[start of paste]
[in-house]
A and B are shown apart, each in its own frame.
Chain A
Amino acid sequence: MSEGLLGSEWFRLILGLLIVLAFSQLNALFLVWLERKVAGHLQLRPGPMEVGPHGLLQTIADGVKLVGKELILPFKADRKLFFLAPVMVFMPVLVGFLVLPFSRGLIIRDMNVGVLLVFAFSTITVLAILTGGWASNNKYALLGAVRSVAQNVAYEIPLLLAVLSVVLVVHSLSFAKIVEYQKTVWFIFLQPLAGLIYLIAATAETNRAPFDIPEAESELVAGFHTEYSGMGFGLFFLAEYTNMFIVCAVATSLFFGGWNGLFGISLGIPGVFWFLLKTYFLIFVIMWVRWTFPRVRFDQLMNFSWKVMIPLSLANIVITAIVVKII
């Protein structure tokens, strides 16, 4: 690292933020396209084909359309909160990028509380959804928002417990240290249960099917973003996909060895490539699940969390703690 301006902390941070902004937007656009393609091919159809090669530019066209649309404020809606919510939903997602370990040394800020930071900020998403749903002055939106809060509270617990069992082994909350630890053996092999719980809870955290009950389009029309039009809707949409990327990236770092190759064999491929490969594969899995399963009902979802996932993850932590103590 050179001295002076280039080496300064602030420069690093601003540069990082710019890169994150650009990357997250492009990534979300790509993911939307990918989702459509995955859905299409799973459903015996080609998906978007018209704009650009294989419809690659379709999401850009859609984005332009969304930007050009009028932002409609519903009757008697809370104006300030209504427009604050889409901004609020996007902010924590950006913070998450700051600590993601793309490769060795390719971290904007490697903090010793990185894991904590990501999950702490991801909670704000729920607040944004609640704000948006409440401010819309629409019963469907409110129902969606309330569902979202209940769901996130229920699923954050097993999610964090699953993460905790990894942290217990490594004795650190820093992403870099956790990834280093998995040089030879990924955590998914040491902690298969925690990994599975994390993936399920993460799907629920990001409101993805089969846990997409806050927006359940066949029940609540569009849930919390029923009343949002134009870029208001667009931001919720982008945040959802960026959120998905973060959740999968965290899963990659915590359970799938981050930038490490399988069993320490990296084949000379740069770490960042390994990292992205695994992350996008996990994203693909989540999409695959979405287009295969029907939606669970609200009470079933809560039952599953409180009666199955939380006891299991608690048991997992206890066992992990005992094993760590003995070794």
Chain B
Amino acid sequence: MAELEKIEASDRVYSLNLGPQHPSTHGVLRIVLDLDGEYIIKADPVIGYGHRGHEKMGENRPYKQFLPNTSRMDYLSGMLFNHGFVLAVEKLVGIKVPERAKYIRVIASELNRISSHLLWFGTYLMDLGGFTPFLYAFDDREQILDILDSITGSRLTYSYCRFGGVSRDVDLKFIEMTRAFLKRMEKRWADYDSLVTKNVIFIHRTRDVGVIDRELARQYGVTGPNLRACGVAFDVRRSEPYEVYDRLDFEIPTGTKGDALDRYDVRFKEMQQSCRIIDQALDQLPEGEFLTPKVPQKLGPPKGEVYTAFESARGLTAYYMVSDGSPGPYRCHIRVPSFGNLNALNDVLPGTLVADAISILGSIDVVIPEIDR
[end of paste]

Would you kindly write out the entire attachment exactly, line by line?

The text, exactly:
[in-house]
A and B are shown apart, each in its own frame.
Chain A
Amino acid sequence: MSEGLLGSEWFRLILGLLIVLAFSQLNALFLVWLERKVAGHLQLRPGPMEVGPHGLLQTIADGVKLVGKELILPFKADRKLFFLAPVMVFMPVLVGFLVLPFSRGLIIRDMNVGVLLVFAFSTITVLAILTGGWASNNKYALLGAVRSVAQNVAYEIPLLLAVLSVVLVVHSLSFAKIVEYQKTVWFIFLQPLAGLIYLIAATAETNRAPFDIPEAESELVAGFHTEYSGMGFGLFFLAEYTNMFIVCAVATSLFFGGWNGLFGISLGIPGVFWFLLKTYFLIFVIMWVRWTFPRVRFDQLMNFSWKVMIPLSLANIVITAIVVKII
């Protein structure tokens, strides 16, 4: 690292933020396209084909359309909160990028509380959804928002417990240290249960099917973003996909060895490539699940969390703690 301006902390941070902004937007656009393609091919159809090669530019066209649309404020809606919510939903997602370990040394800020930071900020998403749903002055939106809060509270617990069992082994909350630890053996092999719980809870955290009950389009029309039009809707949409990327990236770092190759064999491929490969594969899995399963009902979802996932993850932590103590 050179001295002076280039080496300064602030420069690093601003540069990082710019890169994150650009990357997250492009990534979300790509993911939307990918989702459509995955859905299409799973459903015996080609998906978007018209704009650009294989419809690659379709999401850009859609984005332009969304930007050009009028932002409609519903009757008697809370104006300030209504427009604050889409901004609020996007902010924590950006913070998450700051600590993601793309490769060795390719971290904007490697903090010793990185894991904590990501999950702490991801909670704000729920607040944004609640704000948006409440401010819309629409019963469907409110129902969606309330569902979202209940769901996130229920699923954050097993999610964090699953993460905790990894942290217990490594004795650190820093992403870099956790990834280093998995040089030879990924955590998914040491902690298969925690990994599975994390993936399920993460799907629920990001409101993805089969846990997409806050927006359940066949029940609540569009849930919390029923009343949002134009870029208001667009931001919720982008945040959802960026959120998905973060959740999968965290899963990659915590359970799938981050930038490490399988069993320490990296084949000379740069770490960042390994990292992205695994992350996008996990994203693909989540999409695959979405287009295969029907939606669970609200009470079933809560039952599953409180009666199955939380006891299991608690048991997992206890066992992990005992094993760590003995070794």
Chain B
Amino acid sequence: MAELEKIEASDRVYSLNLGPQHPSTHGVLRIVLDLDGEYIIKADPVIGYGHRGHEKMGENRPYKQFLPNTSRMDYLSGMLFNHGFVLAVEKLVGIKVPERAKYIRVIASELNRISSHLLWFGTYLMDLGGFTPFLYAFDDREQILDILDSITGSRLTYSYCRFGGVSRDVDLKFIEMTRAFLKRMEKRWADYDSLVTKNVIFIHRTRDVGVIDRELARQYGVTGPNLRACGVAFDVRRSEPYEVYDRLDFEIPTGTKGDALDRYDVRFKEMQQSCRIIDQALDQLPEGEFLTPKVPQKLGPPKGEVYTAFESARGLTAYYMVSDGSPGPYRCHIRVPSFGNLNALNDVLPGTLVADAISILGSIDVVIPEIDR